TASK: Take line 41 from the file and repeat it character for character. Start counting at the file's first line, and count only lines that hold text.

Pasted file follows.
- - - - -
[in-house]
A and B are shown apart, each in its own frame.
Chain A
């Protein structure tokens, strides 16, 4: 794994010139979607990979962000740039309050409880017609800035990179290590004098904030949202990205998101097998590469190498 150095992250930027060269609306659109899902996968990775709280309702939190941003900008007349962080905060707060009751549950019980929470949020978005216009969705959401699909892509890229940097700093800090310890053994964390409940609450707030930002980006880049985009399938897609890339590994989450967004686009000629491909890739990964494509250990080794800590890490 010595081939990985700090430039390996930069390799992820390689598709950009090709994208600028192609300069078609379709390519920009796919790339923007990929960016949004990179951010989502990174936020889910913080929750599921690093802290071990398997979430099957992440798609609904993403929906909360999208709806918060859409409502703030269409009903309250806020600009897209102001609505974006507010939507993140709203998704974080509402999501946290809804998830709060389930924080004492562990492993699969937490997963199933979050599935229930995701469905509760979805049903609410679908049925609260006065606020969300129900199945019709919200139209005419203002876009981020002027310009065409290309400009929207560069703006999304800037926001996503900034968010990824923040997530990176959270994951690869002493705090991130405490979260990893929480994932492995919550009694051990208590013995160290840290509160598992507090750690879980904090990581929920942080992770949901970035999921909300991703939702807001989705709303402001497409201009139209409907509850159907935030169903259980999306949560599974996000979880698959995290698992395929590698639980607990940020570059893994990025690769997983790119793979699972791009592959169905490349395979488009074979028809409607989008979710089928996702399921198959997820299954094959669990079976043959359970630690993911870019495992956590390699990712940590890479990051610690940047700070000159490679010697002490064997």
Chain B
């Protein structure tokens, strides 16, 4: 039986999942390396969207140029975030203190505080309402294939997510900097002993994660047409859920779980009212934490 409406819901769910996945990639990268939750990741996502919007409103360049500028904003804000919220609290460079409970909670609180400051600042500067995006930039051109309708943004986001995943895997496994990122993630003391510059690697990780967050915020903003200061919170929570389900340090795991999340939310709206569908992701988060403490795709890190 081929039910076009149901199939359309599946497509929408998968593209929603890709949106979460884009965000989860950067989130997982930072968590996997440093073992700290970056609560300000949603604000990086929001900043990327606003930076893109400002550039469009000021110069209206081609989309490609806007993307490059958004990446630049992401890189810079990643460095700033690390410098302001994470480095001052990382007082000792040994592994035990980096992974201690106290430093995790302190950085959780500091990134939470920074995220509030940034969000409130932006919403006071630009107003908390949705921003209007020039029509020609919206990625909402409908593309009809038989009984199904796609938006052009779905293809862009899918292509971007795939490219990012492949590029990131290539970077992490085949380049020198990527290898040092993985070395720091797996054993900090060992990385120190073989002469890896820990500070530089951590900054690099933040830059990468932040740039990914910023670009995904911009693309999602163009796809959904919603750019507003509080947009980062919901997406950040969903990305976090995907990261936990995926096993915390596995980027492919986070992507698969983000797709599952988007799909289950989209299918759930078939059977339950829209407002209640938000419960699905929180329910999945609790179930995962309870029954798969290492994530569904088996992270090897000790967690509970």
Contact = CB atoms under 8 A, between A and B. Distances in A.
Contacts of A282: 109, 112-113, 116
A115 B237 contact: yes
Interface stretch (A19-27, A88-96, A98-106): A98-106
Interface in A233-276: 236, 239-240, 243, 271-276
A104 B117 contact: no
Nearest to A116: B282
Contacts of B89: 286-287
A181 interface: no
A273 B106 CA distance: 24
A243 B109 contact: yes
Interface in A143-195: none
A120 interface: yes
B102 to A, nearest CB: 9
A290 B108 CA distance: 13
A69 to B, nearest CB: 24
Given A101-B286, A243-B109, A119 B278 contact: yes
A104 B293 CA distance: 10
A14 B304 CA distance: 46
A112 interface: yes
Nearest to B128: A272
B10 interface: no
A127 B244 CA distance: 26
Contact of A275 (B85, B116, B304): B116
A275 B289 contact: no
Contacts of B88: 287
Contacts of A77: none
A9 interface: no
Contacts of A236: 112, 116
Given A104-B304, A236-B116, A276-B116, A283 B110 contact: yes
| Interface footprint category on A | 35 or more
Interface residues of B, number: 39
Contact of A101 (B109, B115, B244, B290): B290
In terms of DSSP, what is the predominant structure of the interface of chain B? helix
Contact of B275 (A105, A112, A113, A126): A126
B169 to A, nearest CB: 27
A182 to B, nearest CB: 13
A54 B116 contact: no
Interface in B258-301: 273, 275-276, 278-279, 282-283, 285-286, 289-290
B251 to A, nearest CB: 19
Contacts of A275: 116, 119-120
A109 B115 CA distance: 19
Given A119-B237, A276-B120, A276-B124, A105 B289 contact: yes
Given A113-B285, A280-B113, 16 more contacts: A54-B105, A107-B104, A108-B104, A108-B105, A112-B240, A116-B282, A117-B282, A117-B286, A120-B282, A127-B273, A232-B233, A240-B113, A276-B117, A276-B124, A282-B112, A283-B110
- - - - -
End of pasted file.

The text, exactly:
Contact of B275 (A105, A112, A113, A126): A126